“I’m sad that all those people had to die,” says Otis Jackson Jr., known to hip-hop purists as Madlib. It’s only days after the attack on the World Trade Center and the LA trackmaster is sitting at the usually bustling Electric Lotus Indian restaurant. Today, the place is almost empty. “It’s about to go down worse than that,” Madlib warns. “This type of stuff has been predicted in books.”

While foretelling the future isn’t a usual preoccupation for rappers – well, most rappers – there’s nothing typical about Madlib or his music. His most recent release, Yesterday’s New Quintet: Angles Without Edges, released in September, is a 19-track fusion of sounds. All instruments were played by Madlib. The result is an obscure jazz/soul/hip-hop collection that leaves you either awed or confused.

The 28-year-old producer is the first to admit his music isn’t for everyone and likens himself to jazz giants Thelonious Monk and John Coltrane. “In their time, they were trying to put their point across and didn’t get a lot of recognition. That’s how my music is going to be.”

And he may be right. Angles Without Edges is Madlib’s second solo album and he has yet to gain mainstream visibility. Last year he released his first solo Joint, The Unseen, under the alias Quasimoto.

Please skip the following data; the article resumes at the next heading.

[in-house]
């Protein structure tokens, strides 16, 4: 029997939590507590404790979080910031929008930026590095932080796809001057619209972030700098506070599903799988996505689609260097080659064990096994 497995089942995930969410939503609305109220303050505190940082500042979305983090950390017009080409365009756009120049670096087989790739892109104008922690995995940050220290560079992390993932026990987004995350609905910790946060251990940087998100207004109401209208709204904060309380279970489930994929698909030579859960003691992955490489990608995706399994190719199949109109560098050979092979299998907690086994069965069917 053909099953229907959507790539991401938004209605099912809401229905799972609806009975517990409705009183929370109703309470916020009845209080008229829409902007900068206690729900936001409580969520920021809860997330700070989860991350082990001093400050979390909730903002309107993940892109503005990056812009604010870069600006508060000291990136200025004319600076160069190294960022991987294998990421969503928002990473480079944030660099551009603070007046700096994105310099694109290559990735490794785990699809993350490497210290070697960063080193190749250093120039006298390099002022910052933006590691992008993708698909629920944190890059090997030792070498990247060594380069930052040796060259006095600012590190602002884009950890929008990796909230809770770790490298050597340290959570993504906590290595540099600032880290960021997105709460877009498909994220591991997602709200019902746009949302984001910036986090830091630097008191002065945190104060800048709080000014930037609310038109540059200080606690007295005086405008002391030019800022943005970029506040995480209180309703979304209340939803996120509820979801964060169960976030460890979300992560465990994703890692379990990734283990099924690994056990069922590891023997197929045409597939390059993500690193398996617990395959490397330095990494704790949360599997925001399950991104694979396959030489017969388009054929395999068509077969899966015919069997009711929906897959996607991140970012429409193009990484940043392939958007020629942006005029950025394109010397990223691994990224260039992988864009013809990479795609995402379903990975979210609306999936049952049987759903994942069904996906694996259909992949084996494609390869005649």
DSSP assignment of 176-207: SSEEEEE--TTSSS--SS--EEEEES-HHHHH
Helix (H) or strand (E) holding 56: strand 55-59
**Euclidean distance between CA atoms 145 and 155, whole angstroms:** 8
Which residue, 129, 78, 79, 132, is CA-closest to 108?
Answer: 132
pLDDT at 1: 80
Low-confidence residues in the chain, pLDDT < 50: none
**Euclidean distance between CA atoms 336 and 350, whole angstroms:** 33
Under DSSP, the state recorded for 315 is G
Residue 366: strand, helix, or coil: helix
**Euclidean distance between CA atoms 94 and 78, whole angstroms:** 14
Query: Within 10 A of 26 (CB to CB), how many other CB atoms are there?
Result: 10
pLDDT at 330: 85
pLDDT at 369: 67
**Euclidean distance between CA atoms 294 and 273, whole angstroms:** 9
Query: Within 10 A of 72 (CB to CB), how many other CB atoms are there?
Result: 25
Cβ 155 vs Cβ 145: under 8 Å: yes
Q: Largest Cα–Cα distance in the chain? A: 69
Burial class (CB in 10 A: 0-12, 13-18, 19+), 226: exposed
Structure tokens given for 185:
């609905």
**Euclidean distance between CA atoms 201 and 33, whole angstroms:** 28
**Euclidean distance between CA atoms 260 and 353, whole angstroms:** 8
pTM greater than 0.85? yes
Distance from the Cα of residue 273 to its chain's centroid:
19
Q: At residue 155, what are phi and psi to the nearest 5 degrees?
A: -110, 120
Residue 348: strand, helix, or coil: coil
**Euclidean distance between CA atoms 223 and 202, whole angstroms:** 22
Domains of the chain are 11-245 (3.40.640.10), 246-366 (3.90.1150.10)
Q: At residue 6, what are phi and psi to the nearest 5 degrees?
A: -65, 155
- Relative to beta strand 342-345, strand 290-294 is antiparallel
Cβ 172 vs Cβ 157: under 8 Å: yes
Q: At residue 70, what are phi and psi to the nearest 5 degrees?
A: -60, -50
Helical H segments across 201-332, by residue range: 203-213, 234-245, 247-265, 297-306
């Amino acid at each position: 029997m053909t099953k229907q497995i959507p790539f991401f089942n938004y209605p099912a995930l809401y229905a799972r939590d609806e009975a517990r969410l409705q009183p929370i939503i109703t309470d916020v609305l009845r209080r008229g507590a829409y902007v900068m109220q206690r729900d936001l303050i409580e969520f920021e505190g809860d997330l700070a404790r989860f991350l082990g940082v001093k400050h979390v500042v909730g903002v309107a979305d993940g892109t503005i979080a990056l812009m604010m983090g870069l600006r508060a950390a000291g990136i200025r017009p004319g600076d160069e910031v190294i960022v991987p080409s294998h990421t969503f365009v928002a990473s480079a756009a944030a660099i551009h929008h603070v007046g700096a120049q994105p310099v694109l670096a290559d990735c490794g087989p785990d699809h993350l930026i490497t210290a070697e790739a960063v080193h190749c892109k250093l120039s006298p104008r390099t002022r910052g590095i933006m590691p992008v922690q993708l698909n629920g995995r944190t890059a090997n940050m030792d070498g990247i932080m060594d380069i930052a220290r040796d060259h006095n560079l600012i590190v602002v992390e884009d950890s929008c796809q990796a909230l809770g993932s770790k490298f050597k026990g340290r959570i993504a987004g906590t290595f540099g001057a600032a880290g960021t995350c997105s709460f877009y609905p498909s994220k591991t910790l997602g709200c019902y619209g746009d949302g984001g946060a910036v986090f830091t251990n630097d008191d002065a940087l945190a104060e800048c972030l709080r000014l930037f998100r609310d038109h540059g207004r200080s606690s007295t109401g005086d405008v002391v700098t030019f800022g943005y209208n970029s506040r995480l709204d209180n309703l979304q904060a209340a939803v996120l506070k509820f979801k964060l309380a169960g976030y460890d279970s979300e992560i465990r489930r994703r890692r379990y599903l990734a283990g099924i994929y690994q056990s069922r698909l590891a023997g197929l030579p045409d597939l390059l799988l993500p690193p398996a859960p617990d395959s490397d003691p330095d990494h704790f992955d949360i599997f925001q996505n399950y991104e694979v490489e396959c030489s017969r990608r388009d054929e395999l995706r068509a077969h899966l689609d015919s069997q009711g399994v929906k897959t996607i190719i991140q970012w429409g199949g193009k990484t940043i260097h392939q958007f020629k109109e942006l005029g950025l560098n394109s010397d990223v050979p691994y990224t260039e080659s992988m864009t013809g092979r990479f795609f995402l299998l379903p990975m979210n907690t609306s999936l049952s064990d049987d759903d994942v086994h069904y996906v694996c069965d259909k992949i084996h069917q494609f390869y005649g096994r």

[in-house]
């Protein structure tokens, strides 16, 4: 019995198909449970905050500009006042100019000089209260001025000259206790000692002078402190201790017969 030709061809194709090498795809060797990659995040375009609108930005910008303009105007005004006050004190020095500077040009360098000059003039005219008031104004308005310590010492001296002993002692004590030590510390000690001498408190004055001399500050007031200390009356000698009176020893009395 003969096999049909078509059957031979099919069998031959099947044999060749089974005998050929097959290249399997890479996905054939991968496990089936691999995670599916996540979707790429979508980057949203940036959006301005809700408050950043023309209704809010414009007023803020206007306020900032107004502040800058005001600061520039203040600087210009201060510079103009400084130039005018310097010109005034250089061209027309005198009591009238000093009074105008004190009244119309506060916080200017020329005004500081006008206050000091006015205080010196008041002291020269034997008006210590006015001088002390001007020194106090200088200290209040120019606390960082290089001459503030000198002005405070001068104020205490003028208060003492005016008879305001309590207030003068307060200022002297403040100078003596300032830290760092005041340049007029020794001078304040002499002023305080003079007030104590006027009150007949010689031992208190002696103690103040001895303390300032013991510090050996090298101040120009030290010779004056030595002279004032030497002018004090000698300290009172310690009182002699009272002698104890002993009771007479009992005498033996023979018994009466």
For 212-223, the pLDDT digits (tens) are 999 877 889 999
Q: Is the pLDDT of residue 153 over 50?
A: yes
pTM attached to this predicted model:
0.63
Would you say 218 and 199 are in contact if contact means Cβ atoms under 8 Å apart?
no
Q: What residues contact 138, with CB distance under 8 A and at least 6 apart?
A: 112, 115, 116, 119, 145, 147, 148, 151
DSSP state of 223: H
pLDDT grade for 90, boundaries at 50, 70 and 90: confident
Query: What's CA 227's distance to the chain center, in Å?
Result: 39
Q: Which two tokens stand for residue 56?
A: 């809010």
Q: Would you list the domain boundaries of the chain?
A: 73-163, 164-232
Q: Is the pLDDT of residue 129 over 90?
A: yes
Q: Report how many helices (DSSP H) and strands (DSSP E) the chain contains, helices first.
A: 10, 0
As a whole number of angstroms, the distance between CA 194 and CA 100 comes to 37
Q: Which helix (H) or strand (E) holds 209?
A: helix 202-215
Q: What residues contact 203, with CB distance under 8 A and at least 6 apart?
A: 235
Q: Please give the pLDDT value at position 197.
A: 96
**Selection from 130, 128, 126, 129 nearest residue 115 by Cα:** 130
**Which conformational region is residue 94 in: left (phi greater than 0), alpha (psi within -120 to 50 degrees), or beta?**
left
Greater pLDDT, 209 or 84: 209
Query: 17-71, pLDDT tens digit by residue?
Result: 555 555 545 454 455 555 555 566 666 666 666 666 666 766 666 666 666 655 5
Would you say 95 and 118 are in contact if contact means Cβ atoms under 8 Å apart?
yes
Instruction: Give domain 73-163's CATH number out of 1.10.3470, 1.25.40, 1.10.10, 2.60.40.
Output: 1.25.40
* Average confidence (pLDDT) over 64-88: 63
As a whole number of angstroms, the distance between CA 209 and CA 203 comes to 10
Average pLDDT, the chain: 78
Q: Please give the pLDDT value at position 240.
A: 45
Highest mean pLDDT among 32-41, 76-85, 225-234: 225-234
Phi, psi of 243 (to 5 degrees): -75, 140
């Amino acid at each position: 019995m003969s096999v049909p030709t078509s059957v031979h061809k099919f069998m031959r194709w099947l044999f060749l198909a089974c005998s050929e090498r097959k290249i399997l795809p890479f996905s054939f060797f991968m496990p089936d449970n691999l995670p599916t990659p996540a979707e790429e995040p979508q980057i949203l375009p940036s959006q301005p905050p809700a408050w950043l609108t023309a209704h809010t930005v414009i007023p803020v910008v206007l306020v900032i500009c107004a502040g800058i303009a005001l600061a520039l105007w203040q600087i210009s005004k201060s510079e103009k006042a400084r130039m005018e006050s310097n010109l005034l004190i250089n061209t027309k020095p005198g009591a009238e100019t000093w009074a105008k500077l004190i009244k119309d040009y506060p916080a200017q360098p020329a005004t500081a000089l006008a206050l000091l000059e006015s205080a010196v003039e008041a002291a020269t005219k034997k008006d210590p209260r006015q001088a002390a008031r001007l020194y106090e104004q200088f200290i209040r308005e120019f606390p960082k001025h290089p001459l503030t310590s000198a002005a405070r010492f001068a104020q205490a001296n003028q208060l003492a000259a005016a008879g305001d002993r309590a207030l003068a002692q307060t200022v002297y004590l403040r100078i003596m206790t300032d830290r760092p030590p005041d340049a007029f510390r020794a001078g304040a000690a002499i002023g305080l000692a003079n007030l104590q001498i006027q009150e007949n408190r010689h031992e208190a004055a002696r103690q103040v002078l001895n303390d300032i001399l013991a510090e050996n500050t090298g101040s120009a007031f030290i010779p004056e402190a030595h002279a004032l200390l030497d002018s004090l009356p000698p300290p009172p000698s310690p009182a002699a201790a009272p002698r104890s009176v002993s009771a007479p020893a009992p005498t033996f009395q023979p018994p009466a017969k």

The record, consisting of his signature beats and high-speed vocals (think Jay-Z on helium), earned the beat-maker a cult following. Even a few LA radio IDJs were known to slip in some Quasimoto between Ja Rule and Snoop Dogg.

But even before Madlib was touted by many critics as one of the underground’s more promising artists, he was producing for Cali rap collective the Lootpack. The group’s debut album, Soundpieces: Da Antidote! (1998), was recorded in Madlib’s hometown of Oxnard, California, just north of LA.

With the exception of local gangsta rap, there wasn’t a hip-hop scene in Oxnard, so, according Madlib, “we created it,” referring to his fellow Lootpack members Jack and DJ Romes. Soon, the Lootpack’s first single caught the attention of fellow producer and Stones Throw label owner Peanutbutter Wolf, who offered the group a deal in that same year. (Madlib copped a solo deal from Wolf in ’98 as well.)

Nowadays, staying true to his persona, Madlib spends more time in the studio and taking care of his 5-year-old daughter, Baby D, than worrying about why he’s not appealing to the masses. “I make music from the heart,” he concludes. “If you like it, you like it. If not, that’s cool.”

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